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Nekton or necton refers to the aggregate of actively swimming aquatic organisms in a body of water.

The term was first proposed and used by the German biologist Ernst Haeckel in 1890 in his book Plankton-Studien where he contrasted it with plankton, the aggregate of passively floating, drifting, or somewhat motile organisms present in a body of water, primarily tiny algae and bacteria, small eggs and larvae of marine organisms, and protozoa and other minute consumers. Today it is considered an obsolete term because it does not allow for the meaningful quantifiable distinction between these two groups. Modern biologists no longer use it.[1]

As a guideline, nekton were larger and tend to swim largely at biologically high Reynolds numbers (>10³ and up beyond 10⁹), where inertial flows are the rule, and eddies (vortices) are easily shed. Plankton, on the other hand, are small and, if they swim at all, do so at biologically low Reynolds numbers (0.001 to 10), where the viscous behavior of water dominates, and reversible flows are the rule. Organisms such as jellyfish and others were considered plankton when they are very small and swim at low Reynolds numbers, and considered nekton as they grew large enough to swim at high Reynolds numbers. Many animals considered classic examples of nekton (e.g., Mola mola, squid, marlin) start out life as tiny members of the plankton and then, it was argued, gradually transitioned to nekton as they grew.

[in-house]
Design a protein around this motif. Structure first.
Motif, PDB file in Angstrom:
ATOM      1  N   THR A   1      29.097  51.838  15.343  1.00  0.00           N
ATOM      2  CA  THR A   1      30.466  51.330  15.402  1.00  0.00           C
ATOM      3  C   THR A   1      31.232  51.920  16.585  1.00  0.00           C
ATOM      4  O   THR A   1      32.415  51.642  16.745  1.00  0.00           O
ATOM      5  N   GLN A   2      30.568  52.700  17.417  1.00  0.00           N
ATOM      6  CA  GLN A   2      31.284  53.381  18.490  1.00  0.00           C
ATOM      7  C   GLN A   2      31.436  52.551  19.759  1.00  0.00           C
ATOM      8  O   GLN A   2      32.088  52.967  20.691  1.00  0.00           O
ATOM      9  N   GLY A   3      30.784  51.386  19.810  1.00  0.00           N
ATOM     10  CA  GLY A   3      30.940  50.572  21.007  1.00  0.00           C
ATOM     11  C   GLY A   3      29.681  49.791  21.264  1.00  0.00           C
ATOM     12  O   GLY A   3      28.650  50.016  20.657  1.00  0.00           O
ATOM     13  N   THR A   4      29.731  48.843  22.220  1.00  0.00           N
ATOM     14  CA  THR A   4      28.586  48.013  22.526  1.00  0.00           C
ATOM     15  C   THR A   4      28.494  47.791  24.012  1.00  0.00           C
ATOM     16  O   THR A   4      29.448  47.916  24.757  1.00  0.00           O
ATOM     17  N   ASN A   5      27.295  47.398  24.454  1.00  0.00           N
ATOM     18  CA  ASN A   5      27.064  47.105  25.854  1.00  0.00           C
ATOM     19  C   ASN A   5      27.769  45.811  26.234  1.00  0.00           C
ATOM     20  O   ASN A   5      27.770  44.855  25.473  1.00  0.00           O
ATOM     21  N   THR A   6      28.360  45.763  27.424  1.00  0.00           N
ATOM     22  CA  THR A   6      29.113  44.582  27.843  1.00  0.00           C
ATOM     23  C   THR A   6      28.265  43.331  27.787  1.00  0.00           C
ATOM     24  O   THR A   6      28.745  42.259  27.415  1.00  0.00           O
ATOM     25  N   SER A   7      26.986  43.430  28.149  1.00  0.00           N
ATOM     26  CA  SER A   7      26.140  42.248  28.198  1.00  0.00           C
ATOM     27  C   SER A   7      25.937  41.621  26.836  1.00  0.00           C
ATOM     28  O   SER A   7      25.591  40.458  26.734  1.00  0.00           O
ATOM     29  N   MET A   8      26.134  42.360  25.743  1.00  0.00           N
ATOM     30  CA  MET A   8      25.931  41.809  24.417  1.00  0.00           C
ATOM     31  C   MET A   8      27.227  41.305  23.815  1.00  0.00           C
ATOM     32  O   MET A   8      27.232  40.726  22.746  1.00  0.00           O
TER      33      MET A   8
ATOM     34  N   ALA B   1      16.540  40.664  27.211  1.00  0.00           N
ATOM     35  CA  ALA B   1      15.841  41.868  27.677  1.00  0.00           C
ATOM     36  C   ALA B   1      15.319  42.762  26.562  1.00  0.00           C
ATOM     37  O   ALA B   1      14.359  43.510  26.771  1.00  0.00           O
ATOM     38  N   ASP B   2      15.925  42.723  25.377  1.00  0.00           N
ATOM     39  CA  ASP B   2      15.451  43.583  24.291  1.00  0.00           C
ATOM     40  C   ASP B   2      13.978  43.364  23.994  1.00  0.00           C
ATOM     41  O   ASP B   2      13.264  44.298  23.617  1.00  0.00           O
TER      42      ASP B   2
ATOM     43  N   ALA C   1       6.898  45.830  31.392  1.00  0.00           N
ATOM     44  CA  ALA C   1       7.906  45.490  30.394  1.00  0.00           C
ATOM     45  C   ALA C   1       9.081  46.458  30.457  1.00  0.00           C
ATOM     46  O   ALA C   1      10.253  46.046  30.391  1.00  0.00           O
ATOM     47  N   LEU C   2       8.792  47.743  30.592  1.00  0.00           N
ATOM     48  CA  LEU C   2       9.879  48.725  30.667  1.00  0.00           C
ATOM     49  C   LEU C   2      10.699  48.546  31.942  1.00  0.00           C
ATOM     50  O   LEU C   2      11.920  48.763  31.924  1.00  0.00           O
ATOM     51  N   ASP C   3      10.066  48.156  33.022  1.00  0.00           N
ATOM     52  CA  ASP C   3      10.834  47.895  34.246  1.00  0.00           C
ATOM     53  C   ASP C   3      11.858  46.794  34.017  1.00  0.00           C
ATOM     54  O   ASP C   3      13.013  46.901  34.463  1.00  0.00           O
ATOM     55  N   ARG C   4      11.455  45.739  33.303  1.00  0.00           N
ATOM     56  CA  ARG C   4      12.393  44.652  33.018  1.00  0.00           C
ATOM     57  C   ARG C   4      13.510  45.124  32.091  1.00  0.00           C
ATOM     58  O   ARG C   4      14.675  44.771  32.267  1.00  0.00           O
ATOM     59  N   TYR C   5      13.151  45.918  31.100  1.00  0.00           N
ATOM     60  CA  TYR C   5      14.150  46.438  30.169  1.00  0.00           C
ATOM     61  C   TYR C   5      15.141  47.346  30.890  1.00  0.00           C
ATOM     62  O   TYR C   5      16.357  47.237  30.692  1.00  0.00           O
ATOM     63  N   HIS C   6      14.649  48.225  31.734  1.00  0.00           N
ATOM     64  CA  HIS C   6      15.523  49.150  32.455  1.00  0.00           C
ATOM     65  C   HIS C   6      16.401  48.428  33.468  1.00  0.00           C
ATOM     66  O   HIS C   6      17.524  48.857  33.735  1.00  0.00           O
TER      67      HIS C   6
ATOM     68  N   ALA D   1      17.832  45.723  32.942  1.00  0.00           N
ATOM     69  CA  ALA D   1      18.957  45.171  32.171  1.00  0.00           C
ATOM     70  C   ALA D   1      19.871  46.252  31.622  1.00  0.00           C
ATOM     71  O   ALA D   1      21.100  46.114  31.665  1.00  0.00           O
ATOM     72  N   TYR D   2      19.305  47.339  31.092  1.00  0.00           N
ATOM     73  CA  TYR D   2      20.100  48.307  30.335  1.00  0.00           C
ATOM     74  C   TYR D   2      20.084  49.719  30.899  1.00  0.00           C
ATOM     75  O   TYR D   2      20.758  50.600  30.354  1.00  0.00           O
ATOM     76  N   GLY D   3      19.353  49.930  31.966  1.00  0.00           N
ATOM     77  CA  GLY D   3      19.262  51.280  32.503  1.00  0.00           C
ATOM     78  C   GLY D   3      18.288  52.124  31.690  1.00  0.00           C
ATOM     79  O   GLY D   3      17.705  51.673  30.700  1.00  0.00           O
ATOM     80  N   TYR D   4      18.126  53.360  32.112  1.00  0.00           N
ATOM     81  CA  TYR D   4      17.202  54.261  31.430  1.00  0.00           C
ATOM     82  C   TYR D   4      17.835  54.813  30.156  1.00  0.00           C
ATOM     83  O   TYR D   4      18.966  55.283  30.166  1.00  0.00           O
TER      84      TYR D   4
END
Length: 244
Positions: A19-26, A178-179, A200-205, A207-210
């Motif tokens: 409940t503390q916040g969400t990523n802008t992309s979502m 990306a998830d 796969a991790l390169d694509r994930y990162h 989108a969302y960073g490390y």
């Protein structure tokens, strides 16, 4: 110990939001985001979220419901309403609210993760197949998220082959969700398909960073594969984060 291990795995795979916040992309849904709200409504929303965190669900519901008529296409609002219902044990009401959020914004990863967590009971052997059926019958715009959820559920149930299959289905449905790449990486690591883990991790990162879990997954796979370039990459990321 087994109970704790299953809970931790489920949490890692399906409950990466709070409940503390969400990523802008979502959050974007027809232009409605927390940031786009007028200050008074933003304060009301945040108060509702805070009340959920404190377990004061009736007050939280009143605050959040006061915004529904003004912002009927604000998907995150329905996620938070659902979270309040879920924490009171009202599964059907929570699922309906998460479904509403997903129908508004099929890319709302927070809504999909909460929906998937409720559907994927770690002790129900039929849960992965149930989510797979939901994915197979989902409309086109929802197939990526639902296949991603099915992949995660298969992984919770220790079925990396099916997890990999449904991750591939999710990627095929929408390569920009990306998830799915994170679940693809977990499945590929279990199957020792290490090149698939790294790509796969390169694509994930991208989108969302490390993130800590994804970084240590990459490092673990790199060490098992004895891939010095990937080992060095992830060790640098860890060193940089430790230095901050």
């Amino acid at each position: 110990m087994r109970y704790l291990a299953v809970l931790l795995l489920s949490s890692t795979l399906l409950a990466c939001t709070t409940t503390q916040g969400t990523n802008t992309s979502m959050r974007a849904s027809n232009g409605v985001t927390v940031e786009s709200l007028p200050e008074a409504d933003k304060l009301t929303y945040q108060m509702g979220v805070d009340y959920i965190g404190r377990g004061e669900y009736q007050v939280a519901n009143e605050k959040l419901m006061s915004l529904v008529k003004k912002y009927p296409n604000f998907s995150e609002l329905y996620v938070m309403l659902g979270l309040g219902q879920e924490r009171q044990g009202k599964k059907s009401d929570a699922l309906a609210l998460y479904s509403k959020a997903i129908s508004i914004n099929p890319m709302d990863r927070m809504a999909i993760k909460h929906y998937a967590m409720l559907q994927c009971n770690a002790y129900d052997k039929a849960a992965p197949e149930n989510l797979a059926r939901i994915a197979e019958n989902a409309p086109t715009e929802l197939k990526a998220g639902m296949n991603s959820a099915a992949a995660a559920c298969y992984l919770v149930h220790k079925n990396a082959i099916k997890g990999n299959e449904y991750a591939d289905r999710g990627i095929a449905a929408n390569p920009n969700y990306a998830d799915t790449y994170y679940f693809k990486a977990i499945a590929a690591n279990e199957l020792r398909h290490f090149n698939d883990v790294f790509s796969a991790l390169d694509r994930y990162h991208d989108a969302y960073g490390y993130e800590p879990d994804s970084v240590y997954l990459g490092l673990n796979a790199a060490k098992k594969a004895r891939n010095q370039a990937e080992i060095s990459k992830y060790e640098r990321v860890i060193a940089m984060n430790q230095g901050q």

Oceanic nekton[edit]

Oceanic nekton comprised animals largely from three clades

There are organisms whose initial part of their lives were identified as being planktonic but when they grew and increased in body size they become nektonic. A typical example was the medusa of the jellyfish.

See also[edit]

  • neuston (the organisms, typically microscopic, that float near the surface of the water)
  • pleuston (all organisms that float near the surface of the water)
  • plankton (the organisms that float and drift within the water)
  • benthos (the organisms at the bottom of a body of water)


  1. ^ Aleyev, Yu. G. (1977). Nekton. doi:10.1007/978-94-010-1324-6. 

External links[edit]

  • Stefan Nehring and Ute Albrecht (1997): „hell und das redundante Benthon: Neologismen in der deutschsprachigen Limnologie“. In: Lauterbornia H. 31: 17-30, Dinkelscherben, December 1997 E-Text (PDF-Datei)

The dictionary definition of nekton at Wiktionary